- The brand now offers a new technology for customers who have been involved in car accidents whereby affected customers can take the pictures and attach voice recordings as well as videos to initiate the process of their claims. Moreover, all the claims can be processed remotely.
- The customers can check their account balance through a one-step process: a simple text message. Once they SMS their account number, they receive the account balance.
- A ‘My Account’ functionality on its mobile app helps the customers track their insurance claims. They can know the stage at which their insurance claim is and how many more stages it has to go through before it is processed.
These examples show a company that is obsessed about customers and is exploiting the potent tool of technology to further its goal of customer-centricity.
Investing in training:
One of the most pivotal areas of focus for USAA is its training program for employees. Now, USAA serves the military and their families, and it can, understandably, be difficult for regular employees to empathize with such customers. USAA has some innovative and extremely effective training program to help the employees get into the shoes of its customers. While the regular role-playing and training help, here are some of the unique programs that USAA runs to help its employees understand the hardships and adversities that its customer-base faces and thus become more customer-centric.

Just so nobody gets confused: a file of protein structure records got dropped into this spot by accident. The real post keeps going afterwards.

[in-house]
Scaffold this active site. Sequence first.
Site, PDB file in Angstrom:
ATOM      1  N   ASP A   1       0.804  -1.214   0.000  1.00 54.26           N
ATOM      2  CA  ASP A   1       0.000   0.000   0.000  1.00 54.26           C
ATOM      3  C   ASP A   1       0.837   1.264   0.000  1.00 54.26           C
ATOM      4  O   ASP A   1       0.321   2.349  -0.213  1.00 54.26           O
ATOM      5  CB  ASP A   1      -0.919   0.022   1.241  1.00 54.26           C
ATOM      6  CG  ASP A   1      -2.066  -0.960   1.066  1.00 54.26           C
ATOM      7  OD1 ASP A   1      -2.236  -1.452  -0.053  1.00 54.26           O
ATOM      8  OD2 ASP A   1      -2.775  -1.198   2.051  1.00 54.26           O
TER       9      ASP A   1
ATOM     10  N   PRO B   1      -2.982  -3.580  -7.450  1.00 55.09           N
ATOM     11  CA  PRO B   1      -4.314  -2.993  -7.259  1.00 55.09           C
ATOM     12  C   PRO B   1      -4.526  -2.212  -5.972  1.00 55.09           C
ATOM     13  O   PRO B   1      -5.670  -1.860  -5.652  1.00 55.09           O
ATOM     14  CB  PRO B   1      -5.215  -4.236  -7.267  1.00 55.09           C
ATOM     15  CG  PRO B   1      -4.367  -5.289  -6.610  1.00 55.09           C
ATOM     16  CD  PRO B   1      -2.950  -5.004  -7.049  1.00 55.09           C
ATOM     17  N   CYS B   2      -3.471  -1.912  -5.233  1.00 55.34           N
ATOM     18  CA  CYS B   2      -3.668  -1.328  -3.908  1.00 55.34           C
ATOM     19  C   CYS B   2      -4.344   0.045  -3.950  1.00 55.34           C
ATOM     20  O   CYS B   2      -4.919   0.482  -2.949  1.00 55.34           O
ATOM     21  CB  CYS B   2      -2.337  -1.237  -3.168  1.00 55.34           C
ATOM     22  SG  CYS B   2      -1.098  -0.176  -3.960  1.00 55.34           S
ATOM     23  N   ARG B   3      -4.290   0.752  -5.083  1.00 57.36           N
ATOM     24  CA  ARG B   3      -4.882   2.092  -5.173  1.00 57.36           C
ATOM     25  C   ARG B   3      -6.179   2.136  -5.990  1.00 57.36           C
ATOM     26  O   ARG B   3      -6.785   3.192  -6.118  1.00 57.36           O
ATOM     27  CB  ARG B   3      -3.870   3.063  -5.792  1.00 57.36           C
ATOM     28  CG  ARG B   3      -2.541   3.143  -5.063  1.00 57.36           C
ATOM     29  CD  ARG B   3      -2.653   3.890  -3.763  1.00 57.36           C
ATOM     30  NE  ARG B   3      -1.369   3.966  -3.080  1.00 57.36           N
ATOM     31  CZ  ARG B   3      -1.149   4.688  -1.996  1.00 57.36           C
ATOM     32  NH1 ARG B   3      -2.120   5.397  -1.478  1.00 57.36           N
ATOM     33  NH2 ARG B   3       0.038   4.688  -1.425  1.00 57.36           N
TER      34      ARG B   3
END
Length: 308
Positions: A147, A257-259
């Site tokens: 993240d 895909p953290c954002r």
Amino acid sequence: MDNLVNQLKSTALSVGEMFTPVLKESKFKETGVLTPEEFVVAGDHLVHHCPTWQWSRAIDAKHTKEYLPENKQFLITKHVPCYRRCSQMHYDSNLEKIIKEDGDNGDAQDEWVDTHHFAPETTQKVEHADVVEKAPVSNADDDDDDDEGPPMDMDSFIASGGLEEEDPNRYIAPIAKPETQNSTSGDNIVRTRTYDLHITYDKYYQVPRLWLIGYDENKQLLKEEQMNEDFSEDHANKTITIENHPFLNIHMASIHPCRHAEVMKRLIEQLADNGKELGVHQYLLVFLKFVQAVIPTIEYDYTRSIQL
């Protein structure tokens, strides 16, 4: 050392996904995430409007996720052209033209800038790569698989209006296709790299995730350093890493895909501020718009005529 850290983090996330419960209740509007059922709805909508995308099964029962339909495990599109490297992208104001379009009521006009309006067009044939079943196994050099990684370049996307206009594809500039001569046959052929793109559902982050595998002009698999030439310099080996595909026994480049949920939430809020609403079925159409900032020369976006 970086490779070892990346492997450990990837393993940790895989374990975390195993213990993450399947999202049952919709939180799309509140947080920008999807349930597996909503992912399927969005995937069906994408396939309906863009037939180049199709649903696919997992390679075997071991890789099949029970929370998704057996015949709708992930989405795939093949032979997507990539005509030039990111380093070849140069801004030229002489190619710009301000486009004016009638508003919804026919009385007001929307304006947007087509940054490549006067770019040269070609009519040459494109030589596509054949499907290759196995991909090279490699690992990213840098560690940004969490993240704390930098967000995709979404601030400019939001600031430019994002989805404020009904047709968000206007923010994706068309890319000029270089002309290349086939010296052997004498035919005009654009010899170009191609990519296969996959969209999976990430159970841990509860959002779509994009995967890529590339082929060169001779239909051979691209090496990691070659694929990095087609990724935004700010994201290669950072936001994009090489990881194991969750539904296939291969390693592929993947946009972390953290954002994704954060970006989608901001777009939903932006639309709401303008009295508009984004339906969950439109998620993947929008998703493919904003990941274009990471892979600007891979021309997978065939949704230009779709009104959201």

It has an army sergeant introduce the training program. Employees eat ready-to-eat foods and carry huge loads on their backs to understand the life of the military personnel along with reading letters from soldiers and their families. Isn’t this a commendable way of making an employee empathize with its customers?
Doing the down-selling:
Yes, you read it right! USAA just does not encourage its customers to buy more than what they need. In fact, if any of its customers are on the package that they no longer need or are wanting to buy something that they don’t require, its employees are encouraged to down-sell to such customers. Woah! What a great way to build trust amongst customers.
First Direct Bank [NPS Score: 73]
First Direct is a United Kingdom-based telephone and internet bank. It takes pride in calling itself a ‘people-powered bank.’ According to its website, this is how it defines itself: